If you live in a condominium, townhouse, or other type of home in a new development, you are probably familiar with condo and homeowner’s associations, or HOAs. As many as 20% of Americans may now live in a community run by one of these co-op boards, according to the Community Associations Institute. These organizations are founded by developers and then taken over by community volunteers, who work together to take responsibility for maintenance and set rules and guidelines for the larger community to follow.
If you live in a community run by an HOA, you may also be familiar with how common condo and homeowner’s association disputes and disagreements can become. While there’s no one surefire way for solving these matters, there are a few tips for successfully dealing with HOAs that you should be aware of. Read on for a straightforward, 10-step guide designed to keep things civil between you and your HOA, and contact our Tulsa real estate lawyer at Bundren Law Firm, P.C. with all your homeowner’s association law needs.
How to Enjoy a Successful Relationship with Your HOA
- Understand the CC&Rs: Most homeowner’s association disputes arise out of a misunderstanding concerning a set of Covenants, Conditions, and Restrictions, or CC&Rs. Almost all HOAs have a declaration of CC&Rs, and while they vary from community to community, there are a few things that tend to carry over in every community. These typically include policies surrounding pets, parking, garbage collection, noise, and construction/renovation projects.
- Follow Common Sense Logic: Most CC&Rs are fairly logical. For instance, if your HOA includes a provision in the CC&Rs about noise guidelines, it is smart to avoid having a big party that rages on late into the night, as you can safely assume this will put you in violation of community agreements.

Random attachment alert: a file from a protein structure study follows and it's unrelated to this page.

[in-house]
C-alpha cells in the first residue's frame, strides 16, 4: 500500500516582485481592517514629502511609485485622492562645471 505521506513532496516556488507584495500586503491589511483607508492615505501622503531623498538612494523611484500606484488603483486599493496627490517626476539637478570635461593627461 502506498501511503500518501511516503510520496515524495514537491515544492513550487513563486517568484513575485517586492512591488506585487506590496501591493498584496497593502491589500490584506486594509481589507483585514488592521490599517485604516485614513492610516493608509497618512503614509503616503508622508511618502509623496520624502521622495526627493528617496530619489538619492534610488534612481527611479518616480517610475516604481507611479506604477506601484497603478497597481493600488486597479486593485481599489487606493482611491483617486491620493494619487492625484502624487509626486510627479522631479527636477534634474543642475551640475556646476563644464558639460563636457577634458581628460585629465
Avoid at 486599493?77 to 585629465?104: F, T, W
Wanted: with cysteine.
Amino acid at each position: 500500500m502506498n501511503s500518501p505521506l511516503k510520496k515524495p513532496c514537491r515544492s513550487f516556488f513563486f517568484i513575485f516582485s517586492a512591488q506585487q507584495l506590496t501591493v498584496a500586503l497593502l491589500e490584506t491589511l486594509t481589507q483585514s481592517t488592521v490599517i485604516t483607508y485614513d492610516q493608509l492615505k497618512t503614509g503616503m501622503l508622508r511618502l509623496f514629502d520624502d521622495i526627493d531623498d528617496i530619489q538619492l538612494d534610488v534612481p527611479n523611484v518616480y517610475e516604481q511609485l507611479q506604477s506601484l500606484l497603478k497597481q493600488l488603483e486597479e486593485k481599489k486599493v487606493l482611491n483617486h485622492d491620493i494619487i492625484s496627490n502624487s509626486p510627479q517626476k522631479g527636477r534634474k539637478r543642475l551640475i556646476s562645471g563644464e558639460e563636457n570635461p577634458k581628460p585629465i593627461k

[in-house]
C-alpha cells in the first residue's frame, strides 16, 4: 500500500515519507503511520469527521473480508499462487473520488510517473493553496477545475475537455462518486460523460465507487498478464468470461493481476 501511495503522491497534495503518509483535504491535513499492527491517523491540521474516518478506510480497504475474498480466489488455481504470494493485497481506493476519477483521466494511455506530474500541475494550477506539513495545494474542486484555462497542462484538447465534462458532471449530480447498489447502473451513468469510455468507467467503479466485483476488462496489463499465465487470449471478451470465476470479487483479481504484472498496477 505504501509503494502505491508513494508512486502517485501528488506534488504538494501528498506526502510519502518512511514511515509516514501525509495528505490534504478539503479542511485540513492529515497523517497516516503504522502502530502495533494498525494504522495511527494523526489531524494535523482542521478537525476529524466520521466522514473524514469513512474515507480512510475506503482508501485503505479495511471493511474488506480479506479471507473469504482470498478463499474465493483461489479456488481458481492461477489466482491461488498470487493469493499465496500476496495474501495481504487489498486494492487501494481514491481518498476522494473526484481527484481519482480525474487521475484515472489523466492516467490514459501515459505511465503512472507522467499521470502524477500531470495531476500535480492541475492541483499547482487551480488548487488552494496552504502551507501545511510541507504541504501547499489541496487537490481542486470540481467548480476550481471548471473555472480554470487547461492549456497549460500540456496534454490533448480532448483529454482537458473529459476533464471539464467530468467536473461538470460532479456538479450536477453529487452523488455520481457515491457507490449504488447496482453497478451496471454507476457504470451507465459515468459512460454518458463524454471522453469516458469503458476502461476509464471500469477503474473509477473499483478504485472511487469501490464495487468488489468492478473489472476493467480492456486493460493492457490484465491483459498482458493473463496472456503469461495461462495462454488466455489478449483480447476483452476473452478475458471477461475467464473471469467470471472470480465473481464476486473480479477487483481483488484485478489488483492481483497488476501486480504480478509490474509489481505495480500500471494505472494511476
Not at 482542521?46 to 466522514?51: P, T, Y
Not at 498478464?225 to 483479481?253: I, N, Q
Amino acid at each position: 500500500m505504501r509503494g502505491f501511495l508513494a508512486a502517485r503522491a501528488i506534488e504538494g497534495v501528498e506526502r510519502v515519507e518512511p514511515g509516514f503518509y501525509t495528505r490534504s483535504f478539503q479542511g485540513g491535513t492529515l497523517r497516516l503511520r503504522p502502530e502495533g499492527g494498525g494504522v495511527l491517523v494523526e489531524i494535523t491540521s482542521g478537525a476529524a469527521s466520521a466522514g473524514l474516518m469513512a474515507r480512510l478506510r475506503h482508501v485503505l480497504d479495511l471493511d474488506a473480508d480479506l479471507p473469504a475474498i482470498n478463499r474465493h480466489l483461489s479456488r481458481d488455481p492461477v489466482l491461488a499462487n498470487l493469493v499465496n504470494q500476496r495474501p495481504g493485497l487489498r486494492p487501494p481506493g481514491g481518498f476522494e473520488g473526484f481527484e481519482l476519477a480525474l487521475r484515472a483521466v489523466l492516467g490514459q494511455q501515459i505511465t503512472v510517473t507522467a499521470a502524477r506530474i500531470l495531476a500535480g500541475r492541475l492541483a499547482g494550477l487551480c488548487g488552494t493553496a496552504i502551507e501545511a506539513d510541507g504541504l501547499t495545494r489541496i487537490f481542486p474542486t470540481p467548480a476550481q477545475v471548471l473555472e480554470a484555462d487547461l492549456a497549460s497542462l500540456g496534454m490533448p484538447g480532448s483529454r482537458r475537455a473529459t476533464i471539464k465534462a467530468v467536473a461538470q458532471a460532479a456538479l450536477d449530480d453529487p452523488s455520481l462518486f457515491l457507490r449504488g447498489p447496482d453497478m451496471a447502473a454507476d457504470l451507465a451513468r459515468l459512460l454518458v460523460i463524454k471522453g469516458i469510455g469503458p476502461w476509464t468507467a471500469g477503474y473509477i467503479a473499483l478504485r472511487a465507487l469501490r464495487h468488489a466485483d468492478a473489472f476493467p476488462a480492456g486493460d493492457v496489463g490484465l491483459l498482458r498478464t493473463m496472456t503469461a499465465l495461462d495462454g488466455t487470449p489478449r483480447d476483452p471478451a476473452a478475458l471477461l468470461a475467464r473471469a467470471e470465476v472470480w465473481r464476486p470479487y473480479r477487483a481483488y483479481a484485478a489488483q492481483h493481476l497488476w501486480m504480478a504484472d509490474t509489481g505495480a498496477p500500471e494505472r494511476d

- Get Involved in the Community: Most people lead busy lives, and few have a lot of extra hours to spare outside of work. That said, if you are willing to volunteer even a little bit of your free time to strengthening your community, it may not only be fulfilling on a personal level, but it can help sway your HOA’s opinion when it comes to settling disputes in the future.
- Make Friends with Your Neighbors: Although this is probably a good rule of thumb for any community, it is particularly important in areas run by HOAs, where you will want your neighbors to take your side in any dispute that arises. Consider the scenario mentioned above: It will be a lot easier to get away with small noise violations if you inform your neighbors of any gatherings. This is not only a simple courtesy, but it will help in the future if you need to…
- Enlist Your Neighbors for Assistance in Any Rule-Changes: If you believe the stipulations put forth in your CC&Rs are unjust, it will be a lot easier to change them if you have other community members on your side. The HOA board is there to make life more hospitable for everybody. If you can prove a given rule is not only negatively affecting you but the people around you, it is possible to make the case that your HOA has a duty to change it.